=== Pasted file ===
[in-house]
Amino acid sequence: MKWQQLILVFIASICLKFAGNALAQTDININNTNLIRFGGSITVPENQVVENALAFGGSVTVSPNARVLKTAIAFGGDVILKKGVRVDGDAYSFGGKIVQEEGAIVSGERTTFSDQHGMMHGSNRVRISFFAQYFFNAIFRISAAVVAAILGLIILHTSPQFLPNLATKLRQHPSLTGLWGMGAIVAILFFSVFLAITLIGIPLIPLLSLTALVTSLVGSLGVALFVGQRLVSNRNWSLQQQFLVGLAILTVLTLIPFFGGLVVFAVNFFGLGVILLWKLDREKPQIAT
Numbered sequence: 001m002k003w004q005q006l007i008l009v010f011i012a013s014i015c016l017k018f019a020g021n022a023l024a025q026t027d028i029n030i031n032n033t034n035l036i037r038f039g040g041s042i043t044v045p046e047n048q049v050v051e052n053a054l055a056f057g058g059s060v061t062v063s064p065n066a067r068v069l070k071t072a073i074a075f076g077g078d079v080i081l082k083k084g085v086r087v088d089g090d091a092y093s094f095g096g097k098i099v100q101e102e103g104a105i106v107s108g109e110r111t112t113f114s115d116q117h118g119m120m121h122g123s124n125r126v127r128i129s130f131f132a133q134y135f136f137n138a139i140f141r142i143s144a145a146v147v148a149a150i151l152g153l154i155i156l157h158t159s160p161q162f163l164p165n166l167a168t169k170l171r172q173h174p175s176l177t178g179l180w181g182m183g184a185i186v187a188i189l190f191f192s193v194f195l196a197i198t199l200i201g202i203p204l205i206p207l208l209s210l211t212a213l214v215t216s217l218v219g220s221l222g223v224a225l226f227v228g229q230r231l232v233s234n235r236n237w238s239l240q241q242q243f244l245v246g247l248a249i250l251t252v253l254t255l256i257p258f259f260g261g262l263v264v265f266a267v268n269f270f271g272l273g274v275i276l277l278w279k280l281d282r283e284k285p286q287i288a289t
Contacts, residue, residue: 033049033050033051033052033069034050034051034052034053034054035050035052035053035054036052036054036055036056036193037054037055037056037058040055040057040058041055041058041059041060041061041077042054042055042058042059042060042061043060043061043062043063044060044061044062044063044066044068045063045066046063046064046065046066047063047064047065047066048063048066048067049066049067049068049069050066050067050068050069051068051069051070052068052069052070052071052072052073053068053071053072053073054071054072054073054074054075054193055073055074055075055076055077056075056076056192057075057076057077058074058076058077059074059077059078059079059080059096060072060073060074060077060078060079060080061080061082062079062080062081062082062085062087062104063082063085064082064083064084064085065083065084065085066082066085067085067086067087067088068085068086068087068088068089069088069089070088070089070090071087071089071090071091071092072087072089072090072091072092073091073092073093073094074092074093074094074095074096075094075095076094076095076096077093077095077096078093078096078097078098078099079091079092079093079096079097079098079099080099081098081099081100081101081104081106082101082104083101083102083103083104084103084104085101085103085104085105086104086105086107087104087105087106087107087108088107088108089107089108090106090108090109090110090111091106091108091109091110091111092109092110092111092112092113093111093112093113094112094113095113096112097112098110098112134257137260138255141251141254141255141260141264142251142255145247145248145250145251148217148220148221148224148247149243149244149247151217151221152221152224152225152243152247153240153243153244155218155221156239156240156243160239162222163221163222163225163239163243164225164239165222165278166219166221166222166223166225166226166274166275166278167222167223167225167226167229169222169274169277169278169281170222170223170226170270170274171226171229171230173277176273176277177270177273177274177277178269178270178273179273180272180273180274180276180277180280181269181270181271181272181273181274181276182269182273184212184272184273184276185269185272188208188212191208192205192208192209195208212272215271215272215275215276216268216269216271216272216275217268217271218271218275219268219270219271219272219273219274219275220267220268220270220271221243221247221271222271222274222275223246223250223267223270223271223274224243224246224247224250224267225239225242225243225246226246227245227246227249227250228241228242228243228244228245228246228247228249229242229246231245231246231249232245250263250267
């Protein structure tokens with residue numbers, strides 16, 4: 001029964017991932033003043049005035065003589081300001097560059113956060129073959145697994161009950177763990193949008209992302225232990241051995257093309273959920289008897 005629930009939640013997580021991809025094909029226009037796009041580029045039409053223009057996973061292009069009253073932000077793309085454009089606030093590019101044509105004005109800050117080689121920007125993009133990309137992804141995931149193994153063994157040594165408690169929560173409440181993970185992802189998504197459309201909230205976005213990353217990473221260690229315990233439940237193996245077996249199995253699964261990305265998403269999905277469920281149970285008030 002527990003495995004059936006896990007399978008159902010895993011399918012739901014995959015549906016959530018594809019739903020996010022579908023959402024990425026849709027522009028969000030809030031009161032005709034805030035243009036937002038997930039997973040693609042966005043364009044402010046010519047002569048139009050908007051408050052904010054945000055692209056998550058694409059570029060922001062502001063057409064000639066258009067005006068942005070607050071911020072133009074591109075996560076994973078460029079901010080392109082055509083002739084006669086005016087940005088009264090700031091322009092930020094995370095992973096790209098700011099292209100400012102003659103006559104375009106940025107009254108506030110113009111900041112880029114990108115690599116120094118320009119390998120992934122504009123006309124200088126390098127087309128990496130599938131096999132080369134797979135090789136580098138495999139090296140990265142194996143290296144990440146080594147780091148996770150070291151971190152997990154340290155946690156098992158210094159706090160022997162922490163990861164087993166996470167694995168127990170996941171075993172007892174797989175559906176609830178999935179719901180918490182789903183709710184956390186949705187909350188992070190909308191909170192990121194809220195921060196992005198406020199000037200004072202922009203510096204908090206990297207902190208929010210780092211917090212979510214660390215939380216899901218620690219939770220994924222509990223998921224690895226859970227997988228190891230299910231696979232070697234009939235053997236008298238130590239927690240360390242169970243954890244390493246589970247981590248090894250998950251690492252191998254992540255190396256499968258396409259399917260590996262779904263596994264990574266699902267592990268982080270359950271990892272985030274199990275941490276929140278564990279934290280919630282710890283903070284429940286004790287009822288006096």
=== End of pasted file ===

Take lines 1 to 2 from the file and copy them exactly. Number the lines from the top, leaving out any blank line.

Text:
[in-house]
Amino acid sequence: MKWQQLILVFIASICLKFAGNALAQTDININNTNLIRFGGSITVPENQVVENALAFGGSVTVSPNARVLKTAIAFGGDVILKKGVRVDGDAYSFGGKIVQEEGAIVSGERTTFSDQHGMMHGSNRVRISFFAQYFFNAIFRISAAVVAAILGLIILHTSPQFLPNLATKLRQHPSLTGLWGMGAIVAILFFSVFLAITLIGIPLIPLLSLTALVTSLVGSLGVALFVGQRLVSNRNWSLQQQFLVGLAILTVLTLIPFFGGLVVFAVNFFGLGVILLWKLDREKPQIAT